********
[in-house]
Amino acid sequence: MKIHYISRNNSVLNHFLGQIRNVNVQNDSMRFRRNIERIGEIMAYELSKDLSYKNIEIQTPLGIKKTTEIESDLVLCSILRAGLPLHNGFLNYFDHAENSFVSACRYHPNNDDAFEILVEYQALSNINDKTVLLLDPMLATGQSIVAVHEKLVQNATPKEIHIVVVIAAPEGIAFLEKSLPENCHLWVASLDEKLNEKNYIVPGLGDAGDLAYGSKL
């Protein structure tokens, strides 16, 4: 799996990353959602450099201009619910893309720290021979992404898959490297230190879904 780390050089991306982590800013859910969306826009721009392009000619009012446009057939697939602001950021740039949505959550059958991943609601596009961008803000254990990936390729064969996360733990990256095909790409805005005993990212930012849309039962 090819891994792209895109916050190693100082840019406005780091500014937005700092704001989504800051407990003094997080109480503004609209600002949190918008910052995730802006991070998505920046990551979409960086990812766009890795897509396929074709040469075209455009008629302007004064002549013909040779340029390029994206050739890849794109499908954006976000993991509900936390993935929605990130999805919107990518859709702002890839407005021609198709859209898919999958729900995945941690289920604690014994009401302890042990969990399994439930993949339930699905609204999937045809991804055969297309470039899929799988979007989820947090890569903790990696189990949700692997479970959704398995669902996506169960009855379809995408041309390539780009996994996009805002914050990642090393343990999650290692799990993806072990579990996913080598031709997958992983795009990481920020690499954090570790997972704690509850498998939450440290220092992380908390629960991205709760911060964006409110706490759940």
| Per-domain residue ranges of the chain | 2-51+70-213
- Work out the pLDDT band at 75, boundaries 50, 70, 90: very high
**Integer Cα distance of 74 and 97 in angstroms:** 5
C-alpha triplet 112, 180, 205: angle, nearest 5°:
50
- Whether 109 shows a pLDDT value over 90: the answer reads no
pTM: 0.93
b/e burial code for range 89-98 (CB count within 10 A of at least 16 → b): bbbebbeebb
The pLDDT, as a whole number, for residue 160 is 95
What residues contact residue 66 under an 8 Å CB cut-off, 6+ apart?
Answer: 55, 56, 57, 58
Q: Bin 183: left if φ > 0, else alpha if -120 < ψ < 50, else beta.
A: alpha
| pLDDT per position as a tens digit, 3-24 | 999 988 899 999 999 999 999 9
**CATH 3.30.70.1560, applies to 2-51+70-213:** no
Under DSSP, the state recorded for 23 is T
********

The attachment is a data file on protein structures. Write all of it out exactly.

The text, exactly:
[in-house]
Amino acid sequence: MKIHYISRNNSVLNHFLGQIRNVNVQNDSMRFRRNIERIGEIMAYELSKDLSYKNIEIQTPLGIKKTTEIESDLVLCSILRAGLPLHNGFLNYFDHAENSFVSACRYHPNNDDAFEILVEYQALSNINDKTVLLLDPMLATGQSIVAVHEKLVQNATPKEIHIVVVIAAPEGIAFLEKSLPENCHLWVASLDEKLNEKNYIVPGLGDAGDLAYGSKL
């Protein structure tokens, strides 16, 4: 799996990353959602450099201009619910893309720290021979992404898959490297230190879904 780390050089991306982590800013859910969306826009721009392009000619009012446009057939697939602001950021740039949505959550059958991943609601596009961008803000254990990936390729064969996360733990990256095909790409805005005993990212930012849309039962 090819891994792209895109916050190693100082840019406005780091500014937005700092704001989504800051407990003094997080109480503004609209600002949190918008910052995730802006991070998505920046990551979409960086990812766009890795897509396929074709040469075209455009008629302007004064002549013909040779340029390029994206050739890849794109499908954006976000993991509900936390993935929605990130999805919107990518859709702002890839407005021609198709859209898919999958729900995945941690289920604690014994009401302890042990969990399994439930993949339930699905609204999937045809991804055969297309470039899929799988979007989820947090890569903790990696189990949700692997479970959704398995669902996506169960009855379809995408041309390539780009996994996009805002914050990642090393343990999650290692799990993806072990579990996913080598031709997958992983795009990481920020690499954090570790997972704690509850498998939450440290220092992380908390629960991205709760911060964006409110706490759940």
| Per-domain residue ranges of the chain | 2-51+70-213
- Work out the pLDDT band at 75, boundaries 50, 70, 90: very high
**Integer Cα distance of 74 and 97 in angstroms:** 5
C-alpha triplet 112, 180, 205: angle, nearest 5°:
50
- Whether 109 shows a pLDDT value over 90: the answer reads no
pTM: 0.93
b/e burial code for range 89-98 (CB count within 10 A of at least 16 → b): bbbebbeebb
The pLDDT, as a whole number, for residue 160 is 95
What residues contact residue 66 under an 8 Å CB cut-off, 6+ apart?
Answer: 55, 56, 57, 58
Q: Bin 183: left if φ > 0, else alpha if -120 < ψ < 50, else beta.
A: alpha
| pLDDT per position as a tens digit, 3-24 | 999 988 899 999 999 999 999 9
**CATH 3.30.70.1560, applies to 2-51+70-213:** no
Under DSSP, the state recorded for 23 is T